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Special Education through a Teacher’s Eyes

From the series Special Education in China


This is the first post in a three-part series that tells the story of one teacher’s love for children in China with learning disabilities.

One of the first classes I taught in China was with a group of primary school English teachers. Some were from the capital city where I worked but many were from surrounding small towns. The class was, by request, focused on their own language-learning needs with a bit of methodology. Their teaching loads gave them little time for self-improvement, and they often expressed their gratitude for this opportunity. One day we were chatting about the challenges of big classes that included students who struggled to learn in Chinese—let alone English.

“What do you do with them?” my colleague and I asked. They shook their heads sadly. So many discouraged responses.

“We have no idea.”

“Their parents think it’s our fault if they fail.”

“We already have enough work. I think they should stay home and help their families.”

And then, ”I don’t know; hit them?”

My teaching in China continued with little awareness of such children. The occasional parent in my class may have brought up some challenges with their child but it was never anything I had to seriously address. As an English-language teacher of adults, I was quite unaware of the needs or developments in the field of special education in China.

Obviously, special education throughout the world has come a long way since that day back in the 1980s. How do I, an English teacher, know something about such developments in China? From a simple relationship with a good friend, Mr. J.

I would like to share Mr. J’s story for several reasons. One, I believe there are many ChinaSource readers who would be interested in knowing more of this aspect of education in China today. Two, it’s inspiring to know of someone’s passion for a specific group’s needs and insightful to learn how others can take part. Third, there may be readers who share his heart for children with learning disabilities and have their own experiences and knowledge to share.

When he was a young teenager, Mr. J began to be fascinated by China and the experiences of his teacher-friend in Inner Mongolia (me). He moved on to Chinese language study, internships in Beijing at the embassy and with private companies, translating for a medical team, doing marketing for English programs, and helping with the start of an international school. It was there—initially using his marketing skills—that his heart was touched for kids who struggled to learn.

Parents began showing up with children who had been turned away from other schools and Mr. J used his resources in the US (professionals he knew and their teaching materials) to start a special education team. Even with limited resources and qualified staff, he saw a six-year-old autistic girl, in eight months, grow from speaking phrases of only three to four words to singing a song in the school talent show. What’s even more—a divided and hurting family began to heal.

Visa issues prevented him from continuing at the school but before returning to the US he spent a month in Shenyang visiting his girlfriend and her family. While she went to work, he researched special education, specifically in northeast China. His search revealed programs that trained teachers, companies that served children, and non-profits that helped with a variety of children’s needs. When possible, he visited them. During this time, he attended a local fellowship where he connected with a local hospital working with children who had more of the same challenges. This introduction in 2016 led to a relationship that continues until today.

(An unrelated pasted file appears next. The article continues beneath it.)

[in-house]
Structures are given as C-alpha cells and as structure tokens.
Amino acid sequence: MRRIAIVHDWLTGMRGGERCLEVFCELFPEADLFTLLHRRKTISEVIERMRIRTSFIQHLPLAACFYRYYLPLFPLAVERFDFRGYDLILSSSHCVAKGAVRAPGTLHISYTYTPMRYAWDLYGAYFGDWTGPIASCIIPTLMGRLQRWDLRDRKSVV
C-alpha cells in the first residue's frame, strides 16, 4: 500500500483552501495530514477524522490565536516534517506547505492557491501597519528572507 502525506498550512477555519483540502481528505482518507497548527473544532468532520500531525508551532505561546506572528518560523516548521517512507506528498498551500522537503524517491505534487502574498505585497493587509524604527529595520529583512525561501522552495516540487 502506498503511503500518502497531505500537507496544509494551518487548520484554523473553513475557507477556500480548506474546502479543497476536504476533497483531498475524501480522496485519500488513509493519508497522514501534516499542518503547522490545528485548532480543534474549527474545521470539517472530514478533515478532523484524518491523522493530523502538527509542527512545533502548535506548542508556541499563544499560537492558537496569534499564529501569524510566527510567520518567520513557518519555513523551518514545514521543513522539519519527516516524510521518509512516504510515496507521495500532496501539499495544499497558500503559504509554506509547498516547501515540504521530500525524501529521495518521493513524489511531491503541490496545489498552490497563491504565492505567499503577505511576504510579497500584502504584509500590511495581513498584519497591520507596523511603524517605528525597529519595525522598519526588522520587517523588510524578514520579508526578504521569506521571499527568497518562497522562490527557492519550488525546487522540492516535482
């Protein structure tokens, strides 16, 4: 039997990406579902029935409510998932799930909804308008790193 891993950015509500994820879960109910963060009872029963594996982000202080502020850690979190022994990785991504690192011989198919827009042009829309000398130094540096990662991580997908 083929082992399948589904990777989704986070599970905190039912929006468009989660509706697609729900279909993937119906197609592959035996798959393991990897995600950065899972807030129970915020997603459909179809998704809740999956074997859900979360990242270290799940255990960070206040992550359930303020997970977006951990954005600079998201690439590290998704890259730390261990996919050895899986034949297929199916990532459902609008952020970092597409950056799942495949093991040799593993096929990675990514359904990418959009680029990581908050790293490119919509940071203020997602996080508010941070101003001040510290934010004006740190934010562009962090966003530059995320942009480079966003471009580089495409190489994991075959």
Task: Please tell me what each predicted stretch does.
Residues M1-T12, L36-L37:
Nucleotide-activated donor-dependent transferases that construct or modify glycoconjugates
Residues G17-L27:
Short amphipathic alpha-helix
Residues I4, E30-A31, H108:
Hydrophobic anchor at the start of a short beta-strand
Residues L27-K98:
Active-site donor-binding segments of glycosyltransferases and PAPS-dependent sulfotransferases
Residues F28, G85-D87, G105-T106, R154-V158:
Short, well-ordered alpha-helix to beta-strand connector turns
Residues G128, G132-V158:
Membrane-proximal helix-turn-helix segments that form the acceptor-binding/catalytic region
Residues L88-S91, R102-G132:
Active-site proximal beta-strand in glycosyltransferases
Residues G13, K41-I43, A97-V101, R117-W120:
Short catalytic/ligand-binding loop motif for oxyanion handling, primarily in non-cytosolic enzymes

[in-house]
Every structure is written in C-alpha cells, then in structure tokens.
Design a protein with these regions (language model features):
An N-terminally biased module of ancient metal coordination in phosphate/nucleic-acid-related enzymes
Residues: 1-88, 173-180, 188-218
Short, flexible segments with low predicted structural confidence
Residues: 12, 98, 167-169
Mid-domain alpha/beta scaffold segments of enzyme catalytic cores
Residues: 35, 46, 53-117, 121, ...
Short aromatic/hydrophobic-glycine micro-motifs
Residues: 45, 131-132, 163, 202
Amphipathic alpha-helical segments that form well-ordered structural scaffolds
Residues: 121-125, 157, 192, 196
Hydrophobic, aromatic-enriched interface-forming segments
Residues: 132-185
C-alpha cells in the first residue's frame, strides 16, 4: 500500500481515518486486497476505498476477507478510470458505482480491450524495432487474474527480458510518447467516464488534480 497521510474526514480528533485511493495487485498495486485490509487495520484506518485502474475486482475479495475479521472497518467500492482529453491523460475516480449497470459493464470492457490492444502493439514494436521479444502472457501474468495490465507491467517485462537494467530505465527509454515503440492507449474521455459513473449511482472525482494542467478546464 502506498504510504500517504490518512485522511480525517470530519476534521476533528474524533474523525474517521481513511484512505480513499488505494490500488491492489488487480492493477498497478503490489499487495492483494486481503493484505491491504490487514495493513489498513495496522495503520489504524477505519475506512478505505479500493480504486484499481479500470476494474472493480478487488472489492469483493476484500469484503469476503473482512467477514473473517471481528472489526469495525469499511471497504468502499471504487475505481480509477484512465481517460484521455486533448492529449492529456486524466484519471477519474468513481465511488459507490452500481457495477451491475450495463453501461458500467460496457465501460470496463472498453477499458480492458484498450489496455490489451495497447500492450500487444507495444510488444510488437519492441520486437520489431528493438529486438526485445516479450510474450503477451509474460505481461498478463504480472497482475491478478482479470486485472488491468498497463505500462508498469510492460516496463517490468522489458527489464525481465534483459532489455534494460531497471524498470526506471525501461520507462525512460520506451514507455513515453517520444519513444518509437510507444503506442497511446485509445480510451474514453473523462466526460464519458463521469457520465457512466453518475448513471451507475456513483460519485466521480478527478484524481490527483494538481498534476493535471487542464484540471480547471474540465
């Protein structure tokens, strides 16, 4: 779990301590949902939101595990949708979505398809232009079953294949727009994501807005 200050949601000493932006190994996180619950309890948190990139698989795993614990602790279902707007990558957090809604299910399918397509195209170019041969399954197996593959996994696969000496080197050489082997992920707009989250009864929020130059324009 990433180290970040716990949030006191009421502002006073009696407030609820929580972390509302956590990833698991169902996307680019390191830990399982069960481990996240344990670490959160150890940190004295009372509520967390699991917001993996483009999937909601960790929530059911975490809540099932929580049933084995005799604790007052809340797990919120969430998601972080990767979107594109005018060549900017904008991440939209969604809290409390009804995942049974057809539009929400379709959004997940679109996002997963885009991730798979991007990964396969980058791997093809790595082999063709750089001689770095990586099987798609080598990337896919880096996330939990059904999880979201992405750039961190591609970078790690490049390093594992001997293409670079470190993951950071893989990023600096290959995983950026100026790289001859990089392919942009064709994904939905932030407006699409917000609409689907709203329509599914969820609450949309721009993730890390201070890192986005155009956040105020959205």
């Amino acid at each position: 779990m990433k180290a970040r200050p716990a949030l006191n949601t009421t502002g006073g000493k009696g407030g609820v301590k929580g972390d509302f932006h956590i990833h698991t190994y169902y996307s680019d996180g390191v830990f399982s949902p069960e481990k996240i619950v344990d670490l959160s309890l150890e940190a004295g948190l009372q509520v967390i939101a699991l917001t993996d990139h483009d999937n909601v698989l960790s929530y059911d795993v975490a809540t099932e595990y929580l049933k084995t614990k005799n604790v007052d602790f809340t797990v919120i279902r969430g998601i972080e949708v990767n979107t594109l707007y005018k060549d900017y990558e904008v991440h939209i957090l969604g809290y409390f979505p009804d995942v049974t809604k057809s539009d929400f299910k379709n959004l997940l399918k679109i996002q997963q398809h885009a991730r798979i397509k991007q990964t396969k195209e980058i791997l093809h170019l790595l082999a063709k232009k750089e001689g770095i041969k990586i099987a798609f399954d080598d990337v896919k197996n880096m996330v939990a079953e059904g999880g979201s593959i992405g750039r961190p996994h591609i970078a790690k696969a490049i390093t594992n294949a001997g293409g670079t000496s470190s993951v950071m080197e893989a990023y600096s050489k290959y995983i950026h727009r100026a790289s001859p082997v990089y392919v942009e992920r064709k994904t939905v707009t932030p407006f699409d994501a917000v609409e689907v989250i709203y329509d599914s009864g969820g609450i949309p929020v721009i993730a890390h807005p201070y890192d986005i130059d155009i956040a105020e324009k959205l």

That year he headed back to the US for a few very busy years during which he earned a teaching credential and an MA and a teaching position in special education in a local elementary school! His Shenyang girlfriend is now his wife, and they have a daughter. He has kept in touch with his contacts at the hospital in Shenyang. Technology has made it possible for him to give an educationally focused voice to the team that he had connected with on that Sunday in Shenyang. Since 2021 he has met online with families and children, listening, and helping them to create reachable goals.

As he has juggled both worlds, he has not given up his passion for going back to China; for meeting those online faces—and more—in person. While COVID numbers, visas applications, and government regulations have brought constant changes to this dream, he has become a valued staff member at the school where he teaches. Daily, he continues to learn the multitude of ways that children with learning disabilities struggle to communicate and understand their world and how to constructively encourage them and their parents.

Hearing of plans to open a center for children with special needs in China, he and his family began making plans with an organization to return to China.

Before continuing their story, the next post in this series will take a brief look at what is currently available to children with learning disabilities in China.

Editor’s note: This post was updated for accuracy on September 19, 2022.

Image credit: PublicDomainPictures from Pixabay.
Barbara Kindschi

Barbara Kindschi

Barbara Kindschi has been privileged and challenged to teach English in China, Myanmar, Laos, and most recently, Mongolia. Her classes have been filled with undergrads, professors, accountants, hotel employees, monks, government workers, and beauty pageant contestants. They continue to be both her students and teachers. Barbara is also part of a …View Full Bio


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